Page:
Structure of a Flowering Plant


When gardeners learn about the structure of a flowering plant, they also gain an understanding of the natural world as a whole. This knowledge allows a gardener to troubleshoot problems with a plant's growth and, as Barbara Damrosch says in "The Garden Primer," allows the gardener to "think like a plant."

Variations in Flowering Plants

Annuals, like snapdragons or squashes, grow for one season only; biennials, like foxgloves and carrots have a two-year life cycle. Perennials, such as potatoes or chrysanthemums, live for more than two years. All annuals are herbaceous, with soft, green stems. Perennials are either herbaceous or woody flowering plants, with brown bark-like stems.


A plant's roots serve many functions---they keep the plant in place in the soil, they absorb water and nutrients from the soil, and they transport the water and nutrients to the stems and leaves. Some roots are joined underground by rhizomes and tubers, which are really an underground portion of the plant's stem that store nutrients when the leaves die in winter.


A flowering plant's stems support the plant, leaves, buds and flowers. Stems also transport water and minerals from the roots to the leaves and from the leaves to the other parts of the plant. The stems are composed of bundles of tissue covered by an outer protective skin that is soft in herbaceous plants and made of bark in woody plants. The tissues include both the transporting tissues (vascular tissue) and the packing or protective tissues (parenchyma).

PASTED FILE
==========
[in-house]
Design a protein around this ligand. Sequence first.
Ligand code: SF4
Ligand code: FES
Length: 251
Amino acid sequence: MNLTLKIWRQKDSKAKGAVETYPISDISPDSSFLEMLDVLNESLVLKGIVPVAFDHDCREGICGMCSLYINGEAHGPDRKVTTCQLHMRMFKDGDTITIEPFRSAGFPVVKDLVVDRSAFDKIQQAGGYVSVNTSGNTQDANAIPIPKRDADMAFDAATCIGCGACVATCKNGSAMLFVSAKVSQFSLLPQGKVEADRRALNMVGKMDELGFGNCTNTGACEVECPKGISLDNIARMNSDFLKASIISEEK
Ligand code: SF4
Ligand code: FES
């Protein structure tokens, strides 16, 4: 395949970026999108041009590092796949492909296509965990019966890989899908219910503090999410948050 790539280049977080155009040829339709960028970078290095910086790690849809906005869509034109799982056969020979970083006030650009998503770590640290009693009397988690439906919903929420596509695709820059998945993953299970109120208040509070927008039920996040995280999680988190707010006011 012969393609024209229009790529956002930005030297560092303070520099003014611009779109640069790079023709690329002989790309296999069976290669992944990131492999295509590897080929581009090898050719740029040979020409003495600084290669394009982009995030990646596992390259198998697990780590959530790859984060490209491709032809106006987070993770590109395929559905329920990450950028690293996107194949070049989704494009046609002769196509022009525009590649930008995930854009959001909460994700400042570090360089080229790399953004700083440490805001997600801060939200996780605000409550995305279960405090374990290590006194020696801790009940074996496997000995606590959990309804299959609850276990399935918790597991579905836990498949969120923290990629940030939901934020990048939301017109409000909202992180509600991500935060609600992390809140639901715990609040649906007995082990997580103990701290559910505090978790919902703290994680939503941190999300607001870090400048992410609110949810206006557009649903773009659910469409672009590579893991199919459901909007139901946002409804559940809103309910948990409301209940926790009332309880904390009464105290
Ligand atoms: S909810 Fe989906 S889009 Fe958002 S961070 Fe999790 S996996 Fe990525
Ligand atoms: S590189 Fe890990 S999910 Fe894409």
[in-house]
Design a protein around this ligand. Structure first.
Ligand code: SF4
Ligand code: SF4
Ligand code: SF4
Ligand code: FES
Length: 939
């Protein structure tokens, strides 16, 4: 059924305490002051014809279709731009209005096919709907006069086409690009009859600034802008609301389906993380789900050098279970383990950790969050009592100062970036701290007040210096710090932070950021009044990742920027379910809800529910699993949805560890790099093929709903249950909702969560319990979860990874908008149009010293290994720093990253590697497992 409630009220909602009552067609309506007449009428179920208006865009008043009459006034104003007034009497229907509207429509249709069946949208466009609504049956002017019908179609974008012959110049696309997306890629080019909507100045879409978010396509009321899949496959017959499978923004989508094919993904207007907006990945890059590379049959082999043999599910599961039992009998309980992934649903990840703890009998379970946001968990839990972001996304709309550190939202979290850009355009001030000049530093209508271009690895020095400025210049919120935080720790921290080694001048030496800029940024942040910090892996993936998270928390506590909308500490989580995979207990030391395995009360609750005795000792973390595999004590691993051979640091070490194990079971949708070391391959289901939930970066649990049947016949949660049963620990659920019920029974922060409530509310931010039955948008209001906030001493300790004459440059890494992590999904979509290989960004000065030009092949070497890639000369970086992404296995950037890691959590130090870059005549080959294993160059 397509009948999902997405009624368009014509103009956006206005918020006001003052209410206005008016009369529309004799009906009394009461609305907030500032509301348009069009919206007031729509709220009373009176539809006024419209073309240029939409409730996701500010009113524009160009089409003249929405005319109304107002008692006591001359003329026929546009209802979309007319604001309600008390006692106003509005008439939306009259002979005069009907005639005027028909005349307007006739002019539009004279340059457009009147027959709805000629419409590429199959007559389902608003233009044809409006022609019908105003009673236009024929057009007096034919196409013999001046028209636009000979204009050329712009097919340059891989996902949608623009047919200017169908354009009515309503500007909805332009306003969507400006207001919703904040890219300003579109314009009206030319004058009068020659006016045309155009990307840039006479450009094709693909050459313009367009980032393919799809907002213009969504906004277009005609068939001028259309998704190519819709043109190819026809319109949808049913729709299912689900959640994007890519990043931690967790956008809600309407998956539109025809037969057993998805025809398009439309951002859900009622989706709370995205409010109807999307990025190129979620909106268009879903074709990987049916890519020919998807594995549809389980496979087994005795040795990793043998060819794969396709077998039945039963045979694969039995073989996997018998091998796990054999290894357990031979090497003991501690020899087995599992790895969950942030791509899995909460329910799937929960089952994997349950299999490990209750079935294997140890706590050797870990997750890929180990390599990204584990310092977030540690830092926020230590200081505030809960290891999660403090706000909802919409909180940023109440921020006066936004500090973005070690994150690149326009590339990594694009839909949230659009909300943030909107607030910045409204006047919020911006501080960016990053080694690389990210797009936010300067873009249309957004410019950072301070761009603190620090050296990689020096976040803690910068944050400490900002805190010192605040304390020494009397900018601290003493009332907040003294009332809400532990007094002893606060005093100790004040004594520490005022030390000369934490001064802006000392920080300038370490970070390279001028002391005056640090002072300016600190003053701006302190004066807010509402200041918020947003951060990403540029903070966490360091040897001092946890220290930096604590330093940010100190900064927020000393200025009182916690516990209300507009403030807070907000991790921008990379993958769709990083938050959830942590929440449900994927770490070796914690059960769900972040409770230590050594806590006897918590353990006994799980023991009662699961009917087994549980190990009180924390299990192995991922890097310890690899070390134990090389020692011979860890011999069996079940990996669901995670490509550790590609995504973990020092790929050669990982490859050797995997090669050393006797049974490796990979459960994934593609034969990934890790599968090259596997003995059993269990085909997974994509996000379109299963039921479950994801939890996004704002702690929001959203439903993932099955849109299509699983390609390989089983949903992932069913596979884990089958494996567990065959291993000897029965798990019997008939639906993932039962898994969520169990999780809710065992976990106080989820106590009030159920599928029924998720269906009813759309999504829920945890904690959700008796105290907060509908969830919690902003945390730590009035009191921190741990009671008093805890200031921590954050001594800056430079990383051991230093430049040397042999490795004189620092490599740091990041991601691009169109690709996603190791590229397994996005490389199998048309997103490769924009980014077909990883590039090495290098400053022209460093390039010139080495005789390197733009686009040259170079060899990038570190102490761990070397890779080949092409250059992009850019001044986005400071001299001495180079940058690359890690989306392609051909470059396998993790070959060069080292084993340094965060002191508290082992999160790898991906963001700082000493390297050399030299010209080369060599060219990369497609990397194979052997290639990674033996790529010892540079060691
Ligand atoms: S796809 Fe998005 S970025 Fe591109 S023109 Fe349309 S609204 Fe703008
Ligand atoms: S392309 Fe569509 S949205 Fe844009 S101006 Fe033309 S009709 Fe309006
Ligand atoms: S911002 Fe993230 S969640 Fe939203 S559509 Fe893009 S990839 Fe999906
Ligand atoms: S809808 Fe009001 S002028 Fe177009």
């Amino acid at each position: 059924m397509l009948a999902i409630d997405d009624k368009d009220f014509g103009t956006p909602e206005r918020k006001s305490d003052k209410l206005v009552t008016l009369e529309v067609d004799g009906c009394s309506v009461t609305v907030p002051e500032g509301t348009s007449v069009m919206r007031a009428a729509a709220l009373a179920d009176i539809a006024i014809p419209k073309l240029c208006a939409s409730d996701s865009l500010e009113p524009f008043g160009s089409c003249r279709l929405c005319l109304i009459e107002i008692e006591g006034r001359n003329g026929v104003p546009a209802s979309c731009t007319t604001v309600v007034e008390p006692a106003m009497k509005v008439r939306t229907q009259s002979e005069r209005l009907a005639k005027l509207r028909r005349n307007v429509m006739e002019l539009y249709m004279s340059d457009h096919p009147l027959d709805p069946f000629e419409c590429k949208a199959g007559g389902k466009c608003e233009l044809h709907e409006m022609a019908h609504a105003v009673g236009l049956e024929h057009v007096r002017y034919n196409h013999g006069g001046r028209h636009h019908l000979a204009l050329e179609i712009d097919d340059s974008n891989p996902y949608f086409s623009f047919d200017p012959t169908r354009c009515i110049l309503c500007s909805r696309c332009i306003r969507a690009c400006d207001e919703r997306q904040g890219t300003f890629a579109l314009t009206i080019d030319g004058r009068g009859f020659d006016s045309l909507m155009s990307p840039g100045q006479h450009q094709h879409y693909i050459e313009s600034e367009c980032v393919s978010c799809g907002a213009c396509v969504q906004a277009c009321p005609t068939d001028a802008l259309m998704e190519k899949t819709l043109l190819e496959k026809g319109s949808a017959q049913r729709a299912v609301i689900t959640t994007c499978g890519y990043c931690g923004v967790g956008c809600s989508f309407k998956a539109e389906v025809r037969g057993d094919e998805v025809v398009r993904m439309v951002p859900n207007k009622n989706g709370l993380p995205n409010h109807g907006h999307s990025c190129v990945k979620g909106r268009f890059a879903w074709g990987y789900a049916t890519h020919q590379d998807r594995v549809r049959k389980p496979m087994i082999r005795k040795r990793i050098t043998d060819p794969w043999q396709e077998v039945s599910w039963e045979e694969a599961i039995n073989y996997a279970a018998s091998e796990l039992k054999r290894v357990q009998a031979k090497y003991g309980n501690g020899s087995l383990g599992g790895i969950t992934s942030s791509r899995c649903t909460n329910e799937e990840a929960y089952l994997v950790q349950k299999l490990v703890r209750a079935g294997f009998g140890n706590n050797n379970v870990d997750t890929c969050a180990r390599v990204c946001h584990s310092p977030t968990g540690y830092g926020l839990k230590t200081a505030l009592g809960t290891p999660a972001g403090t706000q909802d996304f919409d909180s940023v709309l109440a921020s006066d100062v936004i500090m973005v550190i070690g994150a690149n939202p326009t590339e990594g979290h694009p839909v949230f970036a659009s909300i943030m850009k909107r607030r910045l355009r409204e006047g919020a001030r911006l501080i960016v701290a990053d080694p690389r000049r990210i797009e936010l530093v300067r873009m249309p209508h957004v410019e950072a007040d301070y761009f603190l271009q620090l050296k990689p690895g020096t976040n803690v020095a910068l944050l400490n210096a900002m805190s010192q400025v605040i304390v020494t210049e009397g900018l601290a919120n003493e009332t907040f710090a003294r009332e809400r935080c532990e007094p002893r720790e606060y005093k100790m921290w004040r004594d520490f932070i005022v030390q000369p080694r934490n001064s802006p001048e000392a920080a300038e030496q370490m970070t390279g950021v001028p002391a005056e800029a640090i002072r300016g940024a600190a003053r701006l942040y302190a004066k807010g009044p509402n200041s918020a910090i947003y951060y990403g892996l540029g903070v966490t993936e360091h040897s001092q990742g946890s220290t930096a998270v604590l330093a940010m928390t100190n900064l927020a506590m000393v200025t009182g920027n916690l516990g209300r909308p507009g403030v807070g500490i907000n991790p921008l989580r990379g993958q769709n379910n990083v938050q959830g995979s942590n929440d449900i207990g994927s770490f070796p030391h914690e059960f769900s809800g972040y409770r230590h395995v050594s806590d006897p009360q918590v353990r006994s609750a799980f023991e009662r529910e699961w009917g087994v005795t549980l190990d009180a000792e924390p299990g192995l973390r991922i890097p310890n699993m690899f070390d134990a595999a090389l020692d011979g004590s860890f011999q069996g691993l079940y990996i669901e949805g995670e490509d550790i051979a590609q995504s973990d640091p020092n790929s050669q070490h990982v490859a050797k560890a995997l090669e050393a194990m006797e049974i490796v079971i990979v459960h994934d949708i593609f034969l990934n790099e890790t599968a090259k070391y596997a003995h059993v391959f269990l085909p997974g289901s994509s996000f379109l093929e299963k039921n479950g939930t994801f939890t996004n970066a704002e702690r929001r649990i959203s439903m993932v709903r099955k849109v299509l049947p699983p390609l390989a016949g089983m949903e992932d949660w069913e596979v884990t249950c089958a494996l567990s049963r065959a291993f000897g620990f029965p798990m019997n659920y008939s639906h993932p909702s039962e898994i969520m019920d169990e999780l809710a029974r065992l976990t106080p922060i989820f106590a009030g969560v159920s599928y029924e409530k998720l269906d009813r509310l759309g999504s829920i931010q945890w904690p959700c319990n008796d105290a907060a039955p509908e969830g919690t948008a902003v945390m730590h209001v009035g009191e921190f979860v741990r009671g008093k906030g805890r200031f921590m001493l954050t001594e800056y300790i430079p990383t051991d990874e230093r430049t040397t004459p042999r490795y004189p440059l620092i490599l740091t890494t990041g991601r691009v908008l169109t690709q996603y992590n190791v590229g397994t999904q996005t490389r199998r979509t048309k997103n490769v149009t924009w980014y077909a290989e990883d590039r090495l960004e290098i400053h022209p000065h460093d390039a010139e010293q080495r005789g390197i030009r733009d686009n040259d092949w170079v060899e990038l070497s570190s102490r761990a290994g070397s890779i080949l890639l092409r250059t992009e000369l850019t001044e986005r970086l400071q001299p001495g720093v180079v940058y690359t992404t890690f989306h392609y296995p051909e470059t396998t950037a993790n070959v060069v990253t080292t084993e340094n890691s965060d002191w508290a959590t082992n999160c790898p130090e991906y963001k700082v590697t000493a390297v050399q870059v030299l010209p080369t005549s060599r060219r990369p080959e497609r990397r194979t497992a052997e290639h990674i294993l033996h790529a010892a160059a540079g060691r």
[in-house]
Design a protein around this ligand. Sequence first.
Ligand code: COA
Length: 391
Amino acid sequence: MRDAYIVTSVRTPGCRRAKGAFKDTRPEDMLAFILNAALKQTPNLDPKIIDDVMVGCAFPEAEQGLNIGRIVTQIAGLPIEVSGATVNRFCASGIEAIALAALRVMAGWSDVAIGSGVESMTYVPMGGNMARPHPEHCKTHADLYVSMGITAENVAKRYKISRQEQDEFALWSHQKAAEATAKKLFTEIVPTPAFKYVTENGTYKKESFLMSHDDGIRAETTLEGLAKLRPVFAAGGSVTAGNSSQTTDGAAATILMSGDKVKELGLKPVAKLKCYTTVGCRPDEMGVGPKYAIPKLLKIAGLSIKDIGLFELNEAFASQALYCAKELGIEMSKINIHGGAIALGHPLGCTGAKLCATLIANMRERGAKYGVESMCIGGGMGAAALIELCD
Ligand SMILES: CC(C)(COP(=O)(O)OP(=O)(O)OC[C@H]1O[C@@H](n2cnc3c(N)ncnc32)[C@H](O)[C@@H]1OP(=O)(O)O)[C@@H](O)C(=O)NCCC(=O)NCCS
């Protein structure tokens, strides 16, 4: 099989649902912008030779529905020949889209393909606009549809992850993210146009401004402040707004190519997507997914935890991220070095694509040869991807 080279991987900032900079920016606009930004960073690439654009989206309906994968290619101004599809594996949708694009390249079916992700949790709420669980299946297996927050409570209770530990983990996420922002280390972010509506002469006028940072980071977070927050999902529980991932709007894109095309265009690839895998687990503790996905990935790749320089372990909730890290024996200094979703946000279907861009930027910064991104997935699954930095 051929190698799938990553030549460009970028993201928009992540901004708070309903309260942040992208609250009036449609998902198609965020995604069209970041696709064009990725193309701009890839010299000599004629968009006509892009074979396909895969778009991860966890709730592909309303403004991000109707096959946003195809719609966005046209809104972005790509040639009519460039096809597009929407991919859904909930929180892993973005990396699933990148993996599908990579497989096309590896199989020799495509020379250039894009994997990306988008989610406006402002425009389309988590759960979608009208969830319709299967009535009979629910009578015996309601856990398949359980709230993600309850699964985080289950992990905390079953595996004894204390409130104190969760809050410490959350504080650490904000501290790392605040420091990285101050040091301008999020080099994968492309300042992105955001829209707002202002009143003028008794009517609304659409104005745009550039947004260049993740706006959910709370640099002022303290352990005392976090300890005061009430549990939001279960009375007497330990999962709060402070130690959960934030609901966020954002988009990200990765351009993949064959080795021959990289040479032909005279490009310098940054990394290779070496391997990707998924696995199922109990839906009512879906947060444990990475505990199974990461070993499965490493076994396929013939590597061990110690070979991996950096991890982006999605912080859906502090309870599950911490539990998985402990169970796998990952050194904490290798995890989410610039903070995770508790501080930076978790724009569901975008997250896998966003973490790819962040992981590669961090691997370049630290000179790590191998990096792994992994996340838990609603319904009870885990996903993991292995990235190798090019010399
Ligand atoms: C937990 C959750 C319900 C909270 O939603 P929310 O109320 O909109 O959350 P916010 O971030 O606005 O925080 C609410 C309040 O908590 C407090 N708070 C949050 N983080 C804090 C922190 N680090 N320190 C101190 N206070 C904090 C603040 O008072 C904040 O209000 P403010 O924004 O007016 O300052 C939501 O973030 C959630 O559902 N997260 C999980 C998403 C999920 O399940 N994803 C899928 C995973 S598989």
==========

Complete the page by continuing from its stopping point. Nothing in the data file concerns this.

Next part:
Photosynthesis takes place inside the leaves. Here, chlorophyll absorbs energy from sunlight, mixes it with water and carbon dioxide, forms sugar glucose that the stems will transport to the entire plant and releases oxygen as a waste product. All leaves contain veins to do this work. However, some are simple, single leafs, while others are compound, composed of separate leaflets. Compound leaves are either pinnate, with leaflets on both sides of the leaf's center axis, or palmate, with leaflets formed from a single point at the tip of the leaf stalk.


Flowers, where sexual reproduction takes place, begin in the outermost layer with the mostly green sepals protecting the developing flowers. Next to the sepals are the petals which surround and protect the male and female organs of the flower. The male stamens appear as slender stalks with yellow anthers containing pollen at the tip. The female organs in the center of the flower are called the pistil and consist of an ovary, style and stigma. The ovary appears as a bulge at the base of the style, which is a thicker, longer version of the male stamen; the stigma is the tip of the style, similar to the anther.

Keywords: flowering plant parts, flowering plant structure, parts of plants

About this Author

A freelance writer with an extensive career in education, Susan Lundman taught writing and communication at the Military Academy at West Point, at military bases overseas and at community colleges in the United States. Working in a non-profit agency for 20 years, she wrote grant requests, promotional material, and operating guides. Lundman's expertise includes backpacking, dance, gardening and healthy living.